“I didn’t think it would matter; thought we were secure enough in our partnership.”

“Ugh, I hate that word “partnership” it makes us sound like an insurance agency.  We’re in a relationship no matter how much you deny it.”

“If you say so,” Tommy said.

“No…no, don’t you do that. We have every major facet of a relationship: Trust, honesty, spontaneity…commitment.”

“Says the magazine. Here we go again.”

“You’re impossible sometimes.”

Tommy shrugged and motioned for the check.  

 “Thanks, honey,” Tommy said as the waitress handed him the bill.  “The service was spectacular and made tonight even more special.”  Tommy winked at Jackie and touched the waitress’s hand.  The waitress blushed. 

“You’re just an asshole,” Jackie said, checking her makeup with a small compact mirror. She frowned and brushed a loose strand of blond hair behind her ear.

“I know, but that’s what makes this thing work, right?”

Jackie rolled her eyes and slid her compact back into her purse. 

“Alright, you ready to do this?” Tommy said, sliding toward the edge of the booth.

Jackie reached into her purse and removed a small, shiny .38 pistol and a polyester bag with a sunflower screen-printed on the front.   “I am ready.”

Tommy nodded and pulled a 9mm out from behind his back.  “THIS IS A ROBBERY! WALLETS OUT, PHONES OUT, HANDS VISIBLE.”

The restaurant chatter stopped and the Johnny Cash impersonator’s strumming screeched into silence.

“No, you can keep playing,” Tommy said to the Cash impersonator, gesturing with the gun.  “I like having a soundtrack. Feel like I’m in a Tarantino flick.”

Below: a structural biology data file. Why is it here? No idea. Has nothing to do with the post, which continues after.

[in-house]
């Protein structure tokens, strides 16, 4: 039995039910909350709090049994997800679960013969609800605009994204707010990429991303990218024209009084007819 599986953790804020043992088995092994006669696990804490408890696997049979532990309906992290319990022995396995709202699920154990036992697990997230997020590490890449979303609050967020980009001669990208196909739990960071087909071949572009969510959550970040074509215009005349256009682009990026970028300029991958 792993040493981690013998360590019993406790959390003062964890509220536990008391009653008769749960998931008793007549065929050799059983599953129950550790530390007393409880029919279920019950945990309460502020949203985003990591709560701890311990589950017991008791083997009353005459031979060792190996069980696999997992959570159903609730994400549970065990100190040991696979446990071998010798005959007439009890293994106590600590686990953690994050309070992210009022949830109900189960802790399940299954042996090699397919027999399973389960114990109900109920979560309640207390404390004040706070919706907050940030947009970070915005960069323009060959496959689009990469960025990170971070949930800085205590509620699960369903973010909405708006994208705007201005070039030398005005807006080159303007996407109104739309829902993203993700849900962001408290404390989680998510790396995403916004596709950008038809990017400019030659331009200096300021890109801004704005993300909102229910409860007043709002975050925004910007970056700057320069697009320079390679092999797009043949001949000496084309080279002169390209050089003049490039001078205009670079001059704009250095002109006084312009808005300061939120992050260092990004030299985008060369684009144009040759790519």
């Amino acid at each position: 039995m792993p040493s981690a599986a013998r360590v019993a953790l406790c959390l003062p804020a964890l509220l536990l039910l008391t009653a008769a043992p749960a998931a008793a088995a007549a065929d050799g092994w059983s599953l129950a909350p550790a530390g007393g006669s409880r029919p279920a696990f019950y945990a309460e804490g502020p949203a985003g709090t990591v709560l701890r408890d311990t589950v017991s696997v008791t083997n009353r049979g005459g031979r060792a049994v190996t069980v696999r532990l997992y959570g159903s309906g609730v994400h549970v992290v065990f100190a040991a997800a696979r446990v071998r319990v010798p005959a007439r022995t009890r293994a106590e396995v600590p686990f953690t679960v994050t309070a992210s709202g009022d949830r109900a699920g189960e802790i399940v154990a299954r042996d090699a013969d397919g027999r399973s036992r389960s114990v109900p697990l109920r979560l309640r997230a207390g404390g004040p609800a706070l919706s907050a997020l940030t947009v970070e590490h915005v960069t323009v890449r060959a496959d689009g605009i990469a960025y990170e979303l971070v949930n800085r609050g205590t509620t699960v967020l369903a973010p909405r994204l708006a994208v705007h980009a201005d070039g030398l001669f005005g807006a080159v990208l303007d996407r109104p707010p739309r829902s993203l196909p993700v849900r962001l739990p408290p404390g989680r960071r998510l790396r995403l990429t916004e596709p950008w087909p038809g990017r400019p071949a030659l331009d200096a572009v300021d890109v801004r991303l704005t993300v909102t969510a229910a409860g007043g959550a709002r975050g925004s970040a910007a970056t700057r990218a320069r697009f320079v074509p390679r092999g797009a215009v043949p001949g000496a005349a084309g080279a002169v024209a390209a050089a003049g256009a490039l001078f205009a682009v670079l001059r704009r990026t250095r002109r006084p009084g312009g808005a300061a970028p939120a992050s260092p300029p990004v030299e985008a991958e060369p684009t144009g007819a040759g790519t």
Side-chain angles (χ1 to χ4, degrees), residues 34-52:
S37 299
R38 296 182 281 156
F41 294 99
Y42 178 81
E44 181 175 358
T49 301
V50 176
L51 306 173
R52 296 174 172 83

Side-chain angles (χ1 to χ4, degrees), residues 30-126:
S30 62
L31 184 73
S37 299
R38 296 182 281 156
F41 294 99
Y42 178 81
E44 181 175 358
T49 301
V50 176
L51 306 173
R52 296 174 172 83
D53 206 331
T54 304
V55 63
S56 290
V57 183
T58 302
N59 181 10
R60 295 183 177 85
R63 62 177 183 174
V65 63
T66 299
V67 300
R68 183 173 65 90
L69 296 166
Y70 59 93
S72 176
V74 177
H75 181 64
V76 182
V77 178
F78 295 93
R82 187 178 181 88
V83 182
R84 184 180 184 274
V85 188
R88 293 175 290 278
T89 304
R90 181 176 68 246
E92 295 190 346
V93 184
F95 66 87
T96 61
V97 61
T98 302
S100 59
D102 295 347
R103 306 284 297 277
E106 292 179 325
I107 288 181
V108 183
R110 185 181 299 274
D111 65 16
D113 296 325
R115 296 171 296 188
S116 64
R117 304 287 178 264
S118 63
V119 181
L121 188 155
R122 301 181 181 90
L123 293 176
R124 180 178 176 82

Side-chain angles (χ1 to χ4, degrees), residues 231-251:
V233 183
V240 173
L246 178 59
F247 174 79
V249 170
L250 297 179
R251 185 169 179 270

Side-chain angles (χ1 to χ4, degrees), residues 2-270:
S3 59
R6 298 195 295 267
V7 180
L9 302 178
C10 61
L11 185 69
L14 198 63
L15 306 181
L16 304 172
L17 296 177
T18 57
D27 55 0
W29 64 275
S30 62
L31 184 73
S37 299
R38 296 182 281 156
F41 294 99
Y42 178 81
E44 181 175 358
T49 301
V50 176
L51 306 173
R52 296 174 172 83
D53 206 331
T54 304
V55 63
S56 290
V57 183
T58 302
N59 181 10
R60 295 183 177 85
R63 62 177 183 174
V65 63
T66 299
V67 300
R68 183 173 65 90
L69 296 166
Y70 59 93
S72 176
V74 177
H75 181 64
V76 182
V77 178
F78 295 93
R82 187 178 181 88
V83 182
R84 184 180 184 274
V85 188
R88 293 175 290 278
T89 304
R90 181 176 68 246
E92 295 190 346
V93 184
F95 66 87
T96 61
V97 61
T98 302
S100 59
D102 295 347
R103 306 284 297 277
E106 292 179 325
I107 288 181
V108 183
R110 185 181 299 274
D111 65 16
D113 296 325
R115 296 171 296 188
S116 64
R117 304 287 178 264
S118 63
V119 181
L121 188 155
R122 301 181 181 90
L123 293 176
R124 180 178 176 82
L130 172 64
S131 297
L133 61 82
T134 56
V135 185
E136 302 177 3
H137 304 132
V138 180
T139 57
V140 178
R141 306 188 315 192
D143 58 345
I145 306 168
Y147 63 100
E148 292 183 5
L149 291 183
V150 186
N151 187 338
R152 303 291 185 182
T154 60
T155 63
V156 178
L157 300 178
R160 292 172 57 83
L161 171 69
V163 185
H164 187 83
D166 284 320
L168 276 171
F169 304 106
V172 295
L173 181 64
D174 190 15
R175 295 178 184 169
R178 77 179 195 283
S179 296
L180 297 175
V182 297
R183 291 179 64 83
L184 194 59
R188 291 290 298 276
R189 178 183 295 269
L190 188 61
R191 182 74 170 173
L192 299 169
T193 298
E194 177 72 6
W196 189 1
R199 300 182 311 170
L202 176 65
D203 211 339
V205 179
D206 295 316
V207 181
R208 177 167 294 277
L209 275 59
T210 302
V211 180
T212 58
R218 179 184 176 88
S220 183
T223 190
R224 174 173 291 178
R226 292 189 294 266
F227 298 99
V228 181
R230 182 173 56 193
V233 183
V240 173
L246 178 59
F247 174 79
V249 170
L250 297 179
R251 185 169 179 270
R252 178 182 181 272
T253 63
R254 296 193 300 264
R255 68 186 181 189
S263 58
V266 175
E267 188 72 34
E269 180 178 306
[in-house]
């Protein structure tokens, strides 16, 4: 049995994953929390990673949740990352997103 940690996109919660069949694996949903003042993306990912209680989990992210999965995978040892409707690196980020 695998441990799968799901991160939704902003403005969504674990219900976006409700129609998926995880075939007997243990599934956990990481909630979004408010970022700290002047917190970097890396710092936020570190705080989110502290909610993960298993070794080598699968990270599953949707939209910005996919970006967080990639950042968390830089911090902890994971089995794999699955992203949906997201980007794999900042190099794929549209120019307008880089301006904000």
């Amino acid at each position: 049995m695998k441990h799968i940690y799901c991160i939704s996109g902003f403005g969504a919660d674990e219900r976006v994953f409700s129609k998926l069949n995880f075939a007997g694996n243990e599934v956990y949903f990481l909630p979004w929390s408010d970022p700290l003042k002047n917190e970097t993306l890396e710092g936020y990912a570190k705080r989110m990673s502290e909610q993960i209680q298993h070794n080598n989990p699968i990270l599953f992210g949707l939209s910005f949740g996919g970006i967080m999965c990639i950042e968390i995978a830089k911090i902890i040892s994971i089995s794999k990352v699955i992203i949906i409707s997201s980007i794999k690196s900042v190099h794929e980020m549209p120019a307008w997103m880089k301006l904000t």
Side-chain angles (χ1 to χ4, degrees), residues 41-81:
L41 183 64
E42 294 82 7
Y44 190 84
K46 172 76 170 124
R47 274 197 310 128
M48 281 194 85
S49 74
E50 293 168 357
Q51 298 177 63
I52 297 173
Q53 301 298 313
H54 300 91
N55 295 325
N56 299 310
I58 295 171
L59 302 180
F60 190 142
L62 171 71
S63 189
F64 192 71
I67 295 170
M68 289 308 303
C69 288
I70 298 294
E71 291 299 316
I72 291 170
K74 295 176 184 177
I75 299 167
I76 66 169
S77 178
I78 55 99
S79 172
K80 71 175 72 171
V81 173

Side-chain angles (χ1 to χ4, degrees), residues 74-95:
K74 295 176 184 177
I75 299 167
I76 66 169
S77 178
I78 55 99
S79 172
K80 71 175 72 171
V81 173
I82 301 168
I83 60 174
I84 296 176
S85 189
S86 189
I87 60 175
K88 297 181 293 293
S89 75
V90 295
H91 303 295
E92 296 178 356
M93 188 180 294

As the frightened restaurant patrons reached into their pants and purses, Jackie went from table to table politely collecting valuables, holding the bag open like a mendicant.

At one table a guy awkwardly tried to dial for help on his cell phone.  She stomped on his hand just before he could press “Send.” He screamed as her heel crushed the bones in his hand and tears escaped from the corners of his eyes.  Jackie bent down to collect the phone and whispered in his ear.    “Don’t cry, honey.  She’ll think you’re a pussy,” she said, gesturing toward his date.

She was going to say something more when she noticed that the music had stopped.  Across the restaurant she watched as the musician crept behind Tommy holding his guitar like a mallet.  Tommy was otherwise distracted frisking the waitress for her tips.   “Situational awareness, asshole!” she bellowed.  

Tommy turned and ducked just as the guitar came swinging for his head.  Tommy countered with a left hook and discount Johnny Cash fell to the ground, lain out as flat as his singing.  Jackie sighed as Tommy fixed his rumpled suit and stuffed the wad of the waitress’s crumpled bills into his pocket.  “Well, honey,” he said, tucking the 9mm back into his pants, “when the music stops it’s time to go.”  

When they got to their car Jackie removed her wig and her contacts, once again becoming blue eyed and brunette.  Tommy removed his false mustache and threw his glasses into the backseat.

“Has the music stopped for us?” Jackie asked a few miles down the road. 

“What do you mean?  We just had a great night.”

“I know…it’s just… the waitress, I saw her give you her phone number.”

“She gave me her address too.”

 “Oh,” Jackie choked, tears clouding her vision.

“I noticed she was wearing some expensive jewelry when she took our order and found out her father owns the restaurant when I was coming back from the bathroom.  The restaurant we just hit was one of four in this city alone.  I was thinking we could swing by their house for your birthday.  See what kind of shiny things we can find. I wanted to wait and surprise you.”

Tommy reached over and squeezed her hand.  “I told you, we’re back on track.”

“Oh, baby,” she sighed, leaning back in the seat and watching the night unfold before them.  “I told you we were in a relationship.”


Zachary Wilhide is a writer and artist who lives in Virginia Beach, Virginia with his wife and cat.  He has previously had stories published on Out of the Gutter OnlineSpelk FictionClose to the BoneYellow Mama Magazine, and Shotgun Honey.  He is currently building an art portfolio and working on a novella, slowly.